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Bundeskartellamt imposes fines totalling approx. 28 million euros on manufacturers of industrial batteries

Date of issue: 27.06.2017

The Bundeskartellamt has imposed fines totalling around 28 million euros on two manufacturers of industrial batteries and their representatives for agreeing between them to levy the so-called "lead surcharge" as a key price component of lead batteries. The companies involved are Hawker GmbH, Hagen, and Hoppecke Batterien GmbH & Co. KG, Brilon. The proceeding was initiated with a sector-wide dawn raid in April 2014 following an application for leniency by Exide Technologies GmbH, Büdingen, upon which no fine was imposed in accordance with the Bundeskartellamt's leniency programme.

Andreas Mundt, President of the Bundeskartellamt: "The so-called "lead surcharge" is in principle a permissible instrument to automatically calculate changes in the commodity price into the selling price of products without any new price negotiations. In this way the supplier can pass on its commodity price risk to its customers. Suppliers and customers are naturally free to agree on this kind of automatic price adjustment. However it is clearly not admissible for suppliers to agree among themselves to introduce or maintain such a surcharge as a sector-wide standard and thus to eliminate competition for other pricing models."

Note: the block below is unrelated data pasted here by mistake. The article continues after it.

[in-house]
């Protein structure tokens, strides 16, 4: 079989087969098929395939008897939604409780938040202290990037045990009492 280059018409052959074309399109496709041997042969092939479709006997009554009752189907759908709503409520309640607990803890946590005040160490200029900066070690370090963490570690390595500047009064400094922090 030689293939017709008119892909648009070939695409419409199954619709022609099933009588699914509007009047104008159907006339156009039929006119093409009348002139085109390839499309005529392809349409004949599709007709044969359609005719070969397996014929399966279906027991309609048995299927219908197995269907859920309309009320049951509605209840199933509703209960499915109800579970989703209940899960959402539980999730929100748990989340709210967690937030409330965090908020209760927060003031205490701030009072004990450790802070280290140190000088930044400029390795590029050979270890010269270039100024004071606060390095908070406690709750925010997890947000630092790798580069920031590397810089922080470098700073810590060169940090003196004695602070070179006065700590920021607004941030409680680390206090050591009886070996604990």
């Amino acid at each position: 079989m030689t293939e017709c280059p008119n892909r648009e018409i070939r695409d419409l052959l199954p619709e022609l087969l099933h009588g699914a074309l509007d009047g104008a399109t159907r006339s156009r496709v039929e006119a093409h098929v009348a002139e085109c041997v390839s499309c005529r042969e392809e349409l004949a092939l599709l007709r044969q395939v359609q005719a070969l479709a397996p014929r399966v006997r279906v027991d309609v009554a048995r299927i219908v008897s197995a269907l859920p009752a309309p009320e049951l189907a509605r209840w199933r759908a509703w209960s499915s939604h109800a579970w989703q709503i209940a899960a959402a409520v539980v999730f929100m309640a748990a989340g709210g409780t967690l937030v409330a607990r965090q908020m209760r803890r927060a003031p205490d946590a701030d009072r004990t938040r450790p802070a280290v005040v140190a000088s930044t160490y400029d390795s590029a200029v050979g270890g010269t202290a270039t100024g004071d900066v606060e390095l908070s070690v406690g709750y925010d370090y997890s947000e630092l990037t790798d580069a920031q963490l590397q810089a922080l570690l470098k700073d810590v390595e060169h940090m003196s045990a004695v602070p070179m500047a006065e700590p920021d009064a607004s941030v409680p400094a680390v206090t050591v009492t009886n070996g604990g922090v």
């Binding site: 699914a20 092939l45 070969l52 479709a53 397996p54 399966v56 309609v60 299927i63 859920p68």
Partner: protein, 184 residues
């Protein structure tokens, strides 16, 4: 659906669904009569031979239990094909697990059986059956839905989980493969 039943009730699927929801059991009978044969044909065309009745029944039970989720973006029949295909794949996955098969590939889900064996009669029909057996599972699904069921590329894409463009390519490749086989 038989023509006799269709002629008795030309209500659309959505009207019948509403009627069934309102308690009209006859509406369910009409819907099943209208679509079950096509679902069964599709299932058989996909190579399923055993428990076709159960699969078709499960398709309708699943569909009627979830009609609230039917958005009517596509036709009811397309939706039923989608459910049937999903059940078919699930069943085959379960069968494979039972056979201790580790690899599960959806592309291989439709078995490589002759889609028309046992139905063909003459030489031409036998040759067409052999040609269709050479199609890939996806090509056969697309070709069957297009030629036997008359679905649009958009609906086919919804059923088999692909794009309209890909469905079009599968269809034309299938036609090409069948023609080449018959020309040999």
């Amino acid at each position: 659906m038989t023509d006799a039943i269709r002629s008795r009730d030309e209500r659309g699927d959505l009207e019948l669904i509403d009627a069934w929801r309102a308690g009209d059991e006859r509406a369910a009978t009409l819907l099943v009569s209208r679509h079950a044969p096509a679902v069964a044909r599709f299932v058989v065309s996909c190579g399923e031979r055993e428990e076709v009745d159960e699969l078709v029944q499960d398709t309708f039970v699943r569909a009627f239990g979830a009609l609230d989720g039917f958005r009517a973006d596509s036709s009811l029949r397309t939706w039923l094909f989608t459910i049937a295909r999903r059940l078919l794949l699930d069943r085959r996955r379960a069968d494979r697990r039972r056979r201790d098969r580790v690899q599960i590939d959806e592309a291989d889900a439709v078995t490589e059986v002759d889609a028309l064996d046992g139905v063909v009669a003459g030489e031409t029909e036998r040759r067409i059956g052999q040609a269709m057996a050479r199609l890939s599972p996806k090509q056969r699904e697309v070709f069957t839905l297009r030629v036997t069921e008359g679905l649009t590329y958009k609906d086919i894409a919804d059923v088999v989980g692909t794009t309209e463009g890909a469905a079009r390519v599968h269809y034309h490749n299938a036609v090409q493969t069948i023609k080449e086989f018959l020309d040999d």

In the light of rising lead prices representatives of the above companies had already agreed in early 2004 to generally re-apply the lead surcharge introduced in the 1970s in the domestic sale of network power batteries, (e.g. used for emergency power supply). The level of the lead surcharge is linked to the lead prices quoted on the London Metal Exchange. Changes in the price of lead which is the commodity for electrodes can thus be passed on directly and consistently to customers.

Until the Bundeskartellamt's dawn raid this agreement to pass on lead costs in the form of a lead surcharge had regularly been confirmed by the companies in question at association meetings.  No agreements were made on how this was to be done (method of calculation) and the level of the lead surcharge. 

From 11 September 2012 to 18 March 2014 an agreement also existed between the companies Exide, Hawker and Hoppecke in the sale of so-called motive power batteries (for use in industrial vehicles such as e.g. fork lift trucks). In this case the companies had agreed to pass on to customers in Germany the increased costs for lead and in particular for lead alloys via the lead surcharge which had been applied for some years. Again this agreement was only about whether to pass on the costs and not how and was reached and renewed both in confidential talks and also at association meetings.

The proceedings against three other manufacturers of industrial batteries participating in the agreements were terminated because of the considerably lower level of participation in the violation and lower market importance. The proceeding against the association was also not continued, in particular because the main share of the agreements were reached outside association meetings. 

In setting the fine the Bundeskartellamt took into account that Hoppecke had cooperated extensively with the authority in uncovering the agreements and that a settlement could be reached. The proceeding against Hawker concerning its infringement in the sale of motive power batteries was also concluded with a settlement. The fines against Hoppecke are already final. Hawker could still appeal the decisions to the Düsseldorf Higher Regional Court.

A case summary (in German) will be published shortly on the Bundeskartellamt’s website.

Press release (pdf)

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